I think they ARE conservatives. Conservatives want more spending and less personal freedom. What separates conservatives and liberals is their attitude on a few hot-button social issues.

    By the way, Milton Friedman used to say it’s the spending that matters, not the deficit. He was right.

    1. These days Liberals want to profoundly CRUSH Freedom of Speech, Conscience, Religion & Association for those they disagree with….Pretty evil stuff!

  6. “Indeed, the gap between what the federal government spends and what it takes in is growing wider. ”

    The federal government spends today what revenues will be in 5 or 6 years; put another way, today’s revenues would have covered the spending level of 5 or 6 years ago or had very small deficit. The trend there is pretty stable over the last 2 or 3 decades, excepting the 2008/9 years.

    E.g.:
    2004 revenues $1.880T 1999 spending $1.701T
    2005 revenues $2.153T 2000 spending $1.789T
    2006 revenues $2.406T 2001 spending $1.862T
    2007 revenues $2.568T 2002 spending $2.010T
    2008 revenues $2.524T 2003 spending $2.159T
    2009 revenues $2.105T 2004 spending $2.292T
    2010 revenues $2.162T 2005 spending $2.472T
    2011 revenues $2.303T 2006 spending $2.655T
    2012 revenues $2.450T 2007 spending $2.728T
    2013 revenues $2.775T 2008 spending $2.982T
    2014 revenues $3.021T 2009 spending $3.517T
    2015 revenues $3.249T 2010 spending $3.457T
    2016 revenues $3.335T 2011 spending $3.603T

    So all it would take to get back in the black (or fairly close to it), so to speak, is to assume that right now we have a big enough government spending enough money–if we don’t have a big enough government now, we never will–and say “freeze it”. Don’t allocate another penny in budget for next over this year, not even for inflation. Hold that course for a mere five years and let revenues catch up.

    No big cuts needed, no new taxes needed. Just the fortitude to say enough is enough.

    1. The old people in the Ruling Class are likely only 10 years from dying.

      They earned the right to pile debt on top of debt for those young people.

      WE ARE BOOMERS!

    2. The problem is two thirds of federal spending is codified into law and it goes up automatically each year. You can’t freeze spending at the current level without changing medicare/SS/medicaid etc. laws.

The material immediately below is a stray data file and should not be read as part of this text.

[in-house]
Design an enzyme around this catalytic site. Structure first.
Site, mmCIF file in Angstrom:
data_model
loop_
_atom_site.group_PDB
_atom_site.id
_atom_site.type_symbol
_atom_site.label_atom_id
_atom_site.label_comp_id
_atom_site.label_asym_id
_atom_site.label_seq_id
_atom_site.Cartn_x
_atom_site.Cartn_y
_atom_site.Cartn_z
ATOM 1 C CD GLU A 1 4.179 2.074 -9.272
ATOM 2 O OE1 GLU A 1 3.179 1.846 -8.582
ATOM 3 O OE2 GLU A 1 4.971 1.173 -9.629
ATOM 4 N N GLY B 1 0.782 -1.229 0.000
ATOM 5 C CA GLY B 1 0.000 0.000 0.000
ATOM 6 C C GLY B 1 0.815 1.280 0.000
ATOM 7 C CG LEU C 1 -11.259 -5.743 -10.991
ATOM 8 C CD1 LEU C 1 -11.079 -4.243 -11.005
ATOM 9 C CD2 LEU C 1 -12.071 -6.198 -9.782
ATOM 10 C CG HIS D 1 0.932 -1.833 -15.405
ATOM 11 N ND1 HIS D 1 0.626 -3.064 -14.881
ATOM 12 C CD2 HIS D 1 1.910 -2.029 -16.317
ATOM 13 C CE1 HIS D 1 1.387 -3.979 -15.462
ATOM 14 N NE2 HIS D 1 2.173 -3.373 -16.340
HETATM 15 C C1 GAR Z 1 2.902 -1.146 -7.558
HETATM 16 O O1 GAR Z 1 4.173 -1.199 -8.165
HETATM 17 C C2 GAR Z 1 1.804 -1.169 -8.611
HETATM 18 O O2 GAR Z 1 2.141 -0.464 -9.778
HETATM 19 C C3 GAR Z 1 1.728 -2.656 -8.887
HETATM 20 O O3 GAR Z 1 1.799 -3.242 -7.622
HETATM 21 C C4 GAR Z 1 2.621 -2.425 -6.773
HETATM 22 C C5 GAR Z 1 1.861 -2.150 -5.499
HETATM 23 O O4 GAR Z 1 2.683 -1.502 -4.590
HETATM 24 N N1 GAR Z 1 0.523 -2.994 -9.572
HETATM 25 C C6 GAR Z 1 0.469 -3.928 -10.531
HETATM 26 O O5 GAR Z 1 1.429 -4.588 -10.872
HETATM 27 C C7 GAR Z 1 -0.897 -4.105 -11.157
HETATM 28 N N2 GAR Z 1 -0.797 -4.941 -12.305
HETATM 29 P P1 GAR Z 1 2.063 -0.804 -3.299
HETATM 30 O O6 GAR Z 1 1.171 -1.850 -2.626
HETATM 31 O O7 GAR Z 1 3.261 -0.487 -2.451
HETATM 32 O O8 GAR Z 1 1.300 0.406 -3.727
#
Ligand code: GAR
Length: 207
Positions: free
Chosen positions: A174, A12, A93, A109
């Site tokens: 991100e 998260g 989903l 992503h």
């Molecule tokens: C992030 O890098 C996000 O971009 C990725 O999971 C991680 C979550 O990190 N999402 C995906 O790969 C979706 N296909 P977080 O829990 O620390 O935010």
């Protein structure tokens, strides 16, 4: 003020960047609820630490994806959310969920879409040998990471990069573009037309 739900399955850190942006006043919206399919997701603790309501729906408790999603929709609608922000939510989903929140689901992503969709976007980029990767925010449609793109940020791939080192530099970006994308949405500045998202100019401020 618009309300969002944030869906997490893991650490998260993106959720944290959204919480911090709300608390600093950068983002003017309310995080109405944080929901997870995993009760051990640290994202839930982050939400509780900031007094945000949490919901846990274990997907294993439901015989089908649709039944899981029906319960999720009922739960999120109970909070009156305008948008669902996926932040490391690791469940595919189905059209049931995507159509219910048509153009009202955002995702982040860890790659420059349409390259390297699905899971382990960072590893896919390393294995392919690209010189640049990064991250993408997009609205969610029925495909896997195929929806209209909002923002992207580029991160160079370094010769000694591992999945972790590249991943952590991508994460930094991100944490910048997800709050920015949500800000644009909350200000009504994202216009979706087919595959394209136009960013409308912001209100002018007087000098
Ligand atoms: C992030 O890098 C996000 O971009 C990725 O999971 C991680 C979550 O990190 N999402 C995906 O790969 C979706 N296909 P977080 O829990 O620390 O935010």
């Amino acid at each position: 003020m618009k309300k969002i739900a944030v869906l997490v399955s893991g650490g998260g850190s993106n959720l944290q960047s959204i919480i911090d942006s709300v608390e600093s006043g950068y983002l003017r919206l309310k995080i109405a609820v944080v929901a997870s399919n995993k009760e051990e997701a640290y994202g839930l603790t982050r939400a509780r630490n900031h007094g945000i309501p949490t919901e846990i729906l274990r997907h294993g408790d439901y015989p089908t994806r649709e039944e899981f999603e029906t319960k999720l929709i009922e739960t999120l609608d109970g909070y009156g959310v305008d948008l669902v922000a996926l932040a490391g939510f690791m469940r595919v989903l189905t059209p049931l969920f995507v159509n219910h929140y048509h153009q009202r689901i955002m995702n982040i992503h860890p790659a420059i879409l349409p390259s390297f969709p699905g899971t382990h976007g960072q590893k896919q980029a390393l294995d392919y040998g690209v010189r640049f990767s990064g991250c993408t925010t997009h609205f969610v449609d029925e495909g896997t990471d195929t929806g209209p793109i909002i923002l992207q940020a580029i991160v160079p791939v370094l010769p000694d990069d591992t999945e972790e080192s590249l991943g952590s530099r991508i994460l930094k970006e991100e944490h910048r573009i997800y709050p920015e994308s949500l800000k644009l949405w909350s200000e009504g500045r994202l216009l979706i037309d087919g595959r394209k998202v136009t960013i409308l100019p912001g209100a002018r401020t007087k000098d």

1. So change the laws. It’s not like they came down with Moses from Mt Sinai carved in stone…

        1. In other words, reform medicare, medicaid and social security? I’m all for it, but honestly, where is the political incentive for that? Baby boomers are still the largest voting block right?

      2. Agree about the spending. If we “freeze” spending, that means no SS or other retiree COLA’s, only letting the number of new SS, Medicare, and disability recipients equal those that died or otherwise left the program the previous year, no inflationary increases in payments to health care providers or any other government contractor, etc. I don’t see these measures being politically feasible.

  7. Political Lying

    The Democrats are more candid than the Republicans; namely, Big Government, Big Spending, and Big Deficits. The Republicans claim to promote the opposite but lie.

    Excerpt from the novel, Retribution Fever:

    In 1994, two generations after FDR and before being disgraced, then-Congressman “Newt” Leroy Gingrich (b. 1943) had led his gang of Republicans to regaining control of Congress by preaching Small Government with a balanced budget. Including “off-budget items”, the Republicans never balanced the federal budget; and, by 2008, after controlling the White House and the Congress for seven years, the Republicans expanded Big Government and dug the deepest ditch of debt into which the country ever descended; that is, until the next President, Democrat Barack Hussein Obama II, entered the Oval Office.
    Lying is a verbal behavior. Verbal behavior like instrumental behavior, the behavior of an organism upon its environment, is described by the principles of the Science of Human Behavior. A politician lies and is elected. Is he more or less likely to lie in the future?
    “Can political lying be eliminated?” we asked ourselves.
    “No,” we answered.
    “Can political lying be minimized?”
    “Yes,” we answered.
    “How?”

    1. Citing Fiction, huh?

    2. “Political Lying”?

      You repeat yourself.

    3. Obama signed that FY2009 budget, cretin.